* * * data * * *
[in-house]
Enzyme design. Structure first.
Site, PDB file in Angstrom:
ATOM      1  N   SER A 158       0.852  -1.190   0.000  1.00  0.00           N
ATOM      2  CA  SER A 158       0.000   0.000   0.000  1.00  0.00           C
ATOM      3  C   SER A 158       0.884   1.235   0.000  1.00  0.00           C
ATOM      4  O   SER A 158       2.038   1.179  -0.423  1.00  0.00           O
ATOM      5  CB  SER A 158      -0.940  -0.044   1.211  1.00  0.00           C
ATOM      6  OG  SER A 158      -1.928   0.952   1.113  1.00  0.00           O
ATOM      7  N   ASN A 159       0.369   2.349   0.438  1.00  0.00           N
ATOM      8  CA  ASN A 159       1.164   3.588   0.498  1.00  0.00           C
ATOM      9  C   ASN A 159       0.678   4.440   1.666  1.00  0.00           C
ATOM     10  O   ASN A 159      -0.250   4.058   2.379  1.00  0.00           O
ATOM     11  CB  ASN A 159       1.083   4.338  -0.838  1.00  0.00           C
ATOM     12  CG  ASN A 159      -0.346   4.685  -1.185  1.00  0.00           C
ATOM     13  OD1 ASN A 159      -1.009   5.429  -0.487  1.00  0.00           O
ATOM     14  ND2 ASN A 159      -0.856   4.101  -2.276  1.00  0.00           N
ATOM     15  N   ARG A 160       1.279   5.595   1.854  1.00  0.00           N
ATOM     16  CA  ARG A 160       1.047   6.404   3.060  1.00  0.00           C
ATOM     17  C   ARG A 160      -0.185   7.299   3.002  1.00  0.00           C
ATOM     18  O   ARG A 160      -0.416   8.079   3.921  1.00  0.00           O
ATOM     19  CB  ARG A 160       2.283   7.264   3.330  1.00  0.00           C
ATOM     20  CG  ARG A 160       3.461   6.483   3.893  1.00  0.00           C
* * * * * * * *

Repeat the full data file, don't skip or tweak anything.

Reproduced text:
[in-house]
Enzyme design. Structure first.
Site, PDB file in Angstrom:
ATOM      1  N   SER A 158       0.852  -1.190   0.000  1.00  0.00           N
ATOM      2  CA  SER A 158       0.000   0.000   0.000  1.00  0.00           C
ATOM      3  C   SER A 158       0.884   1.235   0.000  1.00  0.00           C
ATOM      4  O   SER A 158       2.038   1.179  -0.423  1.00  0.00           O
ATOM      5  CB  SER A 158      -0.940  -0.044   1.211  1.00  0.00           C
ATOM      6  OG  SER A 158      -1.928   0.952   1.113  1.00  0.00           O
ATOM      7  N   ASN A 159       0.369   2.349   0.438  1.00  0.00           N
ATOM      8  CA  ASN A 159       1.164   3.588   0.498  1.00  0.00           C
ATOM      9  C   ASN A 159       0.678   4.440   1.666  1.00  0.00           C
ATOM     10  O   ASN A 159      -0.250   4.058   2.379  1.00  0.00           O
ATOM     11  CB  ASN A 159       1.083   4.338  -0.838  1.00  0.00           C
ATOM     12  CG  ASN A 159      -0.346   4.685  -1.185  1.00  0.00           C
ATOM     13  OD1 ASN A 159      -1.009   5.429  -0.487  1.00  0.00           O
ATOM     14  ND2 ASN A 159      -0.856   4.101  -2.276  1.00  0.00           N
ATOM     15  N   ARG A 160       1.279   5.595   1.854  1.00  0.00           N
ATOM     16  CA  ARG A 160       1.047   6.404   3.060  1.00  0.00           C
ATOM     17  C   ARG A 160      -0.185   7.299   3.002  1.00  0.00           C
ATOM     18  O   ARG A 160      -0.416   8.079   3.921  1.00  0.00           O
ATOM     19  CB  ARG A 160       2.283   7.264   3.330  1.00  0.00           C
ATOM     20  CG  ARG A 160       3.461   6.483   3.893  1.00  0.00           C